On July 5th, 2021, the British Columbia Court of Appeal ruled that the province’s foreign buyer’s tax is constitutional. This appeal concerned the constitutionality of an additional property transfer tax imposed by the Province of British Columbia, known as the foreign buyer’s tax. At the time the tax was brought into force in August 2016, it imposed an additional 15% transfer tax on a purchaser of residential property in the Greater Vancouver Regional District who was not a Canadian citizen or permanent resident. The tax was subsequently increased to 20% and expanded to include several other regional districts in the province.
When this matter was first heard at the Supreme Court of British Columbia, the judge found that the dominant purpose of the tax was to foster affordability of residential property in the GVRD by discouraging foreign nationals from purchasing real property in that area and thus reducing demand. He also found a secondary purpose to raise revenue for provincial purposes, including housing priority initiatives.
The claimant submitted that the tax provisions perpetuate disadvantage against non-citizens, as they impose a financial burden on non-citizens as a historically disadvantaged group. She says the tax is expressly intended to deter non-citizens from engaging in an economic activity—home ownership—that the trial judge acknowledged was a critical aspect of one’s social identity and a potent symbol of belonging and moral worth. She further submits that the tax reinforces, perpetuates or exacerbates disadvantage.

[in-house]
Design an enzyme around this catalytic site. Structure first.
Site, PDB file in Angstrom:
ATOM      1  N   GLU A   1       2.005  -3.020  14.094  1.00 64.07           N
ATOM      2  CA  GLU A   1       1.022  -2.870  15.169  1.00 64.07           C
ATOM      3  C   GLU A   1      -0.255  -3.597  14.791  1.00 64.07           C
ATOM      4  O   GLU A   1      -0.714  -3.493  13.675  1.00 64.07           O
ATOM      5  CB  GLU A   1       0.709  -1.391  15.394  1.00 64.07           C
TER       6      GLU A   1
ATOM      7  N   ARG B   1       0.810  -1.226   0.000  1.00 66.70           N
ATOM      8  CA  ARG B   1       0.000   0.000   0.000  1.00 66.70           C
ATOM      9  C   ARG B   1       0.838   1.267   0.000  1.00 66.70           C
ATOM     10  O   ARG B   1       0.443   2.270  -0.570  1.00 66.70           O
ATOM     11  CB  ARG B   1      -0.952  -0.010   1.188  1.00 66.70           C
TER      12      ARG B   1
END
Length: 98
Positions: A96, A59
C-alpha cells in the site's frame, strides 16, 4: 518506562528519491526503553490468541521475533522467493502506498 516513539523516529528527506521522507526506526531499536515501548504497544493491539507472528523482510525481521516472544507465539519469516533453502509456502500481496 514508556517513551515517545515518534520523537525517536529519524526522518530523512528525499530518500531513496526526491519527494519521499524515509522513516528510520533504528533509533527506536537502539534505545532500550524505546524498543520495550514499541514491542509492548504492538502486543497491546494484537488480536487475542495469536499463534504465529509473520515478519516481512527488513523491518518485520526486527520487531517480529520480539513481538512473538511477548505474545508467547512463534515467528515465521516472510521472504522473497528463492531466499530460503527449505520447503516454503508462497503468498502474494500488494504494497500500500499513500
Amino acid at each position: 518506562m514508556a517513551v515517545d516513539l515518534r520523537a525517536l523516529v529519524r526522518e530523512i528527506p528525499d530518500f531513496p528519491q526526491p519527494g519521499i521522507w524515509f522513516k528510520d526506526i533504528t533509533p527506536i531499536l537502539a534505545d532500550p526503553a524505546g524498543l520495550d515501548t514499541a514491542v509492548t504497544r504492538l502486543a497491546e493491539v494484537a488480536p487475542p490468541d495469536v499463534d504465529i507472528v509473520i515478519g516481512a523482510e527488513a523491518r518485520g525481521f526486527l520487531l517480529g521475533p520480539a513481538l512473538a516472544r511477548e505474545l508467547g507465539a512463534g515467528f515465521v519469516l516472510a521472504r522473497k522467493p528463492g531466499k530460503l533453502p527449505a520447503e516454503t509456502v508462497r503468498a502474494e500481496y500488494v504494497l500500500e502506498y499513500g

The BC Court of Appeal found that: “The legal effect of the law was to make it more expensive for foreign nationals to purchase residential property in an area where recent data showed that this group was purchasing a significant proportion of the housing market, raising serious concerns about ‘hyper-commodification of real estate”.
Having made that determination, the BC Court of Appeal further determined that: “…non-citizens suffer from political marginalization, stereotyping and historical disadvantage, and the appellant as a non-citizen can be said to be a person lacking in political power such that she is vulnerable to having her interests and rights overlooked. I do not accept, however, that this fact alone establishes discrimination where there has been differential treatment”.
In conclusion, the BC Court of Appeal found that the current social context in which the tax provisions were enacted is very different from the discriminatory laws of the past, some of which were aimed at discouraging immigration from Asian countries.